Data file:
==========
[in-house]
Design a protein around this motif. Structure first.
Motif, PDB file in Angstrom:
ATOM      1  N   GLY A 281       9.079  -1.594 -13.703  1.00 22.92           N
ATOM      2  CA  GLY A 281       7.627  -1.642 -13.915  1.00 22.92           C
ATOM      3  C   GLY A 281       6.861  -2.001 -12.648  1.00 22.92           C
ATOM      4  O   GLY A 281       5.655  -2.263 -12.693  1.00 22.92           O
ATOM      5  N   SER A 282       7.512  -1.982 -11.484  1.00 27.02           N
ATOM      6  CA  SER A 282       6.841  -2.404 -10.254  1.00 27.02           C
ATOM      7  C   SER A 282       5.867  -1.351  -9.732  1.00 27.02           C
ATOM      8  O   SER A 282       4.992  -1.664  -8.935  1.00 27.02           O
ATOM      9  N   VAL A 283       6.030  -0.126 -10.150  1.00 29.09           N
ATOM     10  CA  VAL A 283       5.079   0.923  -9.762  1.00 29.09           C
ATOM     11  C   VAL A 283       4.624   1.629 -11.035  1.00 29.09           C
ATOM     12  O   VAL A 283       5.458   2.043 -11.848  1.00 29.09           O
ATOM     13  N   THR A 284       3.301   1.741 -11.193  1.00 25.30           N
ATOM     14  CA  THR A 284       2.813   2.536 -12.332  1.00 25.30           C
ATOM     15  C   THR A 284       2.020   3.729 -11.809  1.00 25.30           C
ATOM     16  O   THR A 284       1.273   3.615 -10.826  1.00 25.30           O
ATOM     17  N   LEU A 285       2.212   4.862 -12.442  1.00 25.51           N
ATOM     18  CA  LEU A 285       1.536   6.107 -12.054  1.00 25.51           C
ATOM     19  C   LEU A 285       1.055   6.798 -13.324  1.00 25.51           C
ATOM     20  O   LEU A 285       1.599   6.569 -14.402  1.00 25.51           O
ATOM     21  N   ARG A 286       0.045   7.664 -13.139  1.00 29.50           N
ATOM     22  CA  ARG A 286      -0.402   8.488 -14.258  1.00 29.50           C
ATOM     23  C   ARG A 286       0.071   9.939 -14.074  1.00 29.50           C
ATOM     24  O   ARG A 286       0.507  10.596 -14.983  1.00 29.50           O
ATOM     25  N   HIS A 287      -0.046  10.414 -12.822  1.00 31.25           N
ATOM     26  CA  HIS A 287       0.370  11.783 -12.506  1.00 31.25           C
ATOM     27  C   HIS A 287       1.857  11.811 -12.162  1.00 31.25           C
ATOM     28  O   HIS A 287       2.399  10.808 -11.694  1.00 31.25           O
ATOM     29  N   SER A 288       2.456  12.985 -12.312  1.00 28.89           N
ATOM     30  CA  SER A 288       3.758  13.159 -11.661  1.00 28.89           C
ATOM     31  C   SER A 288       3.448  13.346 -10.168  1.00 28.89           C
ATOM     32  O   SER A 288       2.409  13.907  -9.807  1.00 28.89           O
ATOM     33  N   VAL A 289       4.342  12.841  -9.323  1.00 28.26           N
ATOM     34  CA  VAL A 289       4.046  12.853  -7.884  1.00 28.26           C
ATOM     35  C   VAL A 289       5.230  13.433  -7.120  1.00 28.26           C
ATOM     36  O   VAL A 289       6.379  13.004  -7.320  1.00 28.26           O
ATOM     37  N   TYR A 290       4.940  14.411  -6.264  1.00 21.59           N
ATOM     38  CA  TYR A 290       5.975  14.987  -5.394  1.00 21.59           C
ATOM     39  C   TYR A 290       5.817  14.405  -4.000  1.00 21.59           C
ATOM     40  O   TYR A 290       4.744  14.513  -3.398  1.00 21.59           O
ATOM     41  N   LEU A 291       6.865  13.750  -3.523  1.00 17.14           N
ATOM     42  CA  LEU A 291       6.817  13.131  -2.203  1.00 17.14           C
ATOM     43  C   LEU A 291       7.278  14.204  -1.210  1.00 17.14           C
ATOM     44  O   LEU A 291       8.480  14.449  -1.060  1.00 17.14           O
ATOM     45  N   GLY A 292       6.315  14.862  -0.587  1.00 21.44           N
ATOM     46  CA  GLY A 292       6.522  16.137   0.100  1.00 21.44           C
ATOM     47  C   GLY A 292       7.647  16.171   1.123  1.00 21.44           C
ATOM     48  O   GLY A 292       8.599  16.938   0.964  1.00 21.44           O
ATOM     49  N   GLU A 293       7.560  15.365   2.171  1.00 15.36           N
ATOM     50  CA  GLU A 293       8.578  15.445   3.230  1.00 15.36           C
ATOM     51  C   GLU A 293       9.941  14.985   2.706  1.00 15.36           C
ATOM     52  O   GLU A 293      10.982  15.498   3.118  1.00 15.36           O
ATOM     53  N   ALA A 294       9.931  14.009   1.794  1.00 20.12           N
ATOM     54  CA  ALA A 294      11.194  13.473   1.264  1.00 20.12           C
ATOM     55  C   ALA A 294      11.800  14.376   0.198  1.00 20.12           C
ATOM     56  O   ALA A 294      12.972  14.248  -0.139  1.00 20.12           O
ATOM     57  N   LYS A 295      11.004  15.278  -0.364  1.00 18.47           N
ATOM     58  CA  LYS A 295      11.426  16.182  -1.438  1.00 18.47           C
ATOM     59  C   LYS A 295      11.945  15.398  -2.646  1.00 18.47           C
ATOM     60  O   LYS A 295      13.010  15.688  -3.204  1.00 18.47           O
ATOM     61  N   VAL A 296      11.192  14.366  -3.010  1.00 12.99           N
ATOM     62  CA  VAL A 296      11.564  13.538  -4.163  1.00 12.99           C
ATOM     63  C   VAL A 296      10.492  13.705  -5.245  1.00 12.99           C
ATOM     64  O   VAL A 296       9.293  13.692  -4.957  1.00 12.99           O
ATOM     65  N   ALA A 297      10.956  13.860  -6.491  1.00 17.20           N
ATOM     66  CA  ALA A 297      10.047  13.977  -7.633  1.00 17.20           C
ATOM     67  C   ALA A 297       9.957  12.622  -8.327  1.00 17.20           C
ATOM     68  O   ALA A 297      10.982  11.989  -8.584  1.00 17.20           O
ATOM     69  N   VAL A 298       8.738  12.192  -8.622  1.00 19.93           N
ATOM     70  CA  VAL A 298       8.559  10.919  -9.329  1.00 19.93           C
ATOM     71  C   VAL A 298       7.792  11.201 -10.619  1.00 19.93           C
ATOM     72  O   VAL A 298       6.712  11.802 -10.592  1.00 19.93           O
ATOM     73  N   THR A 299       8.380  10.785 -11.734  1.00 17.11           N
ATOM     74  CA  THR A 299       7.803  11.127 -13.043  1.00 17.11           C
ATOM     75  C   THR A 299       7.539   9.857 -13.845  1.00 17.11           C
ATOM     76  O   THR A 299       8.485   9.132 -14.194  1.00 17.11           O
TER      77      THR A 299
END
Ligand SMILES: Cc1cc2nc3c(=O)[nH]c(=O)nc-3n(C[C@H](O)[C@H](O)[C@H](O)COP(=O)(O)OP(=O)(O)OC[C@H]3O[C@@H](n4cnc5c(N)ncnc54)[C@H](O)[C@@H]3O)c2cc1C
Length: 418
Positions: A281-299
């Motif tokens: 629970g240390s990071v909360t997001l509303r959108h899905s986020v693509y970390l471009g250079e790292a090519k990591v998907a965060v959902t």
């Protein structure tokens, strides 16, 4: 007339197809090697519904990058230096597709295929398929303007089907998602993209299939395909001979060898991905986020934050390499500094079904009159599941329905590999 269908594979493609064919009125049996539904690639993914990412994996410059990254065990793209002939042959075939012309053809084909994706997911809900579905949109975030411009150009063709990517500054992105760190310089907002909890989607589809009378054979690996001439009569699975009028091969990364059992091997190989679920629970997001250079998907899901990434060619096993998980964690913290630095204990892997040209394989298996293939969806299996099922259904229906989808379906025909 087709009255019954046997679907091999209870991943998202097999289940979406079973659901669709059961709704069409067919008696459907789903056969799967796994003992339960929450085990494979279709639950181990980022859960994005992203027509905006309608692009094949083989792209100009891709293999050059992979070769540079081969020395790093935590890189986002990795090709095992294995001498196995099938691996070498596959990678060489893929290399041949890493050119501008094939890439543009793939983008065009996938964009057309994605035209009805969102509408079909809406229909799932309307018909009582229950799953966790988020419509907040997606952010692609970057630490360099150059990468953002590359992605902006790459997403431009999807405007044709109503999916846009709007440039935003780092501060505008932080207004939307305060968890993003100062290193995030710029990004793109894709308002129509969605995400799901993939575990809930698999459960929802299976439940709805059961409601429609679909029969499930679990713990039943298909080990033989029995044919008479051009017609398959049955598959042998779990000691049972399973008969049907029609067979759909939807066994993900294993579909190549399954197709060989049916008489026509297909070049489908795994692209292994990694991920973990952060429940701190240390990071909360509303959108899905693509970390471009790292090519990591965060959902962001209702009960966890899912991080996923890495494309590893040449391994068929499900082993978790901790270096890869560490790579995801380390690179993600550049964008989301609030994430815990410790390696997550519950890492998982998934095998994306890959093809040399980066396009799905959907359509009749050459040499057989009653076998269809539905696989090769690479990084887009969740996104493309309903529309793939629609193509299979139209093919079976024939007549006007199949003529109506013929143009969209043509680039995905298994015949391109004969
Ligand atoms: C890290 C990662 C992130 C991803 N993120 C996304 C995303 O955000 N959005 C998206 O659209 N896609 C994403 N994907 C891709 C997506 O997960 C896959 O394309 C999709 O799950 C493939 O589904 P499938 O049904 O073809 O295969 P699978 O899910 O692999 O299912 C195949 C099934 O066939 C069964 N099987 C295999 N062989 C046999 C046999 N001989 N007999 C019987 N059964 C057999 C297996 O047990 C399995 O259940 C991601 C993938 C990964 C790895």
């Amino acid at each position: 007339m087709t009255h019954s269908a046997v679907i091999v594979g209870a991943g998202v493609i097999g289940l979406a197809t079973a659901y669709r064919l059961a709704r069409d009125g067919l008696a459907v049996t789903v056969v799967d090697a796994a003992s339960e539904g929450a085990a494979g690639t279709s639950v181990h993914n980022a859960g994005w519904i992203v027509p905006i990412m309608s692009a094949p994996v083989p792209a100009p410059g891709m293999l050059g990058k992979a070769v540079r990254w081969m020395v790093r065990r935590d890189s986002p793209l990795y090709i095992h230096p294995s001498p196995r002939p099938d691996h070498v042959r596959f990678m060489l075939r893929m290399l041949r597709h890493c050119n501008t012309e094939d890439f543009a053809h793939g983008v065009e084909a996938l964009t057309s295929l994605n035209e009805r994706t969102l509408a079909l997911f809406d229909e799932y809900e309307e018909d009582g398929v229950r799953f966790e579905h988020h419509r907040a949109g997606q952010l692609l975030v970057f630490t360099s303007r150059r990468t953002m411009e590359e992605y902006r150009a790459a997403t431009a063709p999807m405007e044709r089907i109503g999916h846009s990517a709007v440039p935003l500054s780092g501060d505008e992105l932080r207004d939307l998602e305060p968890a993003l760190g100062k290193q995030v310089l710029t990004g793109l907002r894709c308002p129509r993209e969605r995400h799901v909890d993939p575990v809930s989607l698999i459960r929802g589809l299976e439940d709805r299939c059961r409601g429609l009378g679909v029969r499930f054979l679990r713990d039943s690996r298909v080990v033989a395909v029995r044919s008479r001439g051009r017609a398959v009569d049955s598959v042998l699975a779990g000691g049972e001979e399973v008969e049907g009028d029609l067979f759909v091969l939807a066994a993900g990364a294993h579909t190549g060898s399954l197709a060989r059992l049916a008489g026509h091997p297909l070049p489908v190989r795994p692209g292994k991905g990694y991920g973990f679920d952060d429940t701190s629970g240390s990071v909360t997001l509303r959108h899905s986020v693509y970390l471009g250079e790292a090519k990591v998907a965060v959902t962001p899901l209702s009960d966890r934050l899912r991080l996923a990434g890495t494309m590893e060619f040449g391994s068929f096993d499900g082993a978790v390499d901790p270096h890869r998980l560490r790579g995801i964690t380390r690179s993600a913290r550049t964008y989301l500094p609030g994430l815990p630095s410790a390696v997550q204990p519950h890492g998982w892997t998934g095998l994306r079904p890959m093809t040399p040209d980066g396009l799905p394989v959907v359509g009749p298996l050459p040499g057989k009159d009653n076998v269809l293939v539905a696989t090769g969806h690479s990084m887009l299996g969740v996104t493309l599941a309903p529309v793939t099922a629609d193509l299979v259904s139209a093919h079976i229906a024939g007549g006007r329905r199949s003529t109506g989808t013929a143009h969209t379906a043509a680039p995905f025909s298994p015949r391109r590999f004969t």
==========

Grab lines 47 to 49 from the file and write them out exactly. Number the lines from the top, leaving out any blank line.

ATOM     44  O   LEU A 291       8.480  14.449  -1.060  1.00 17.14           O
ATOM     45  N   GLY A 292       6.315  14.862  -0.587  1.00 21.44           N
ATOM     46  CA  GLY A 292       6.522  16.137   0.100  1.00 21.44           C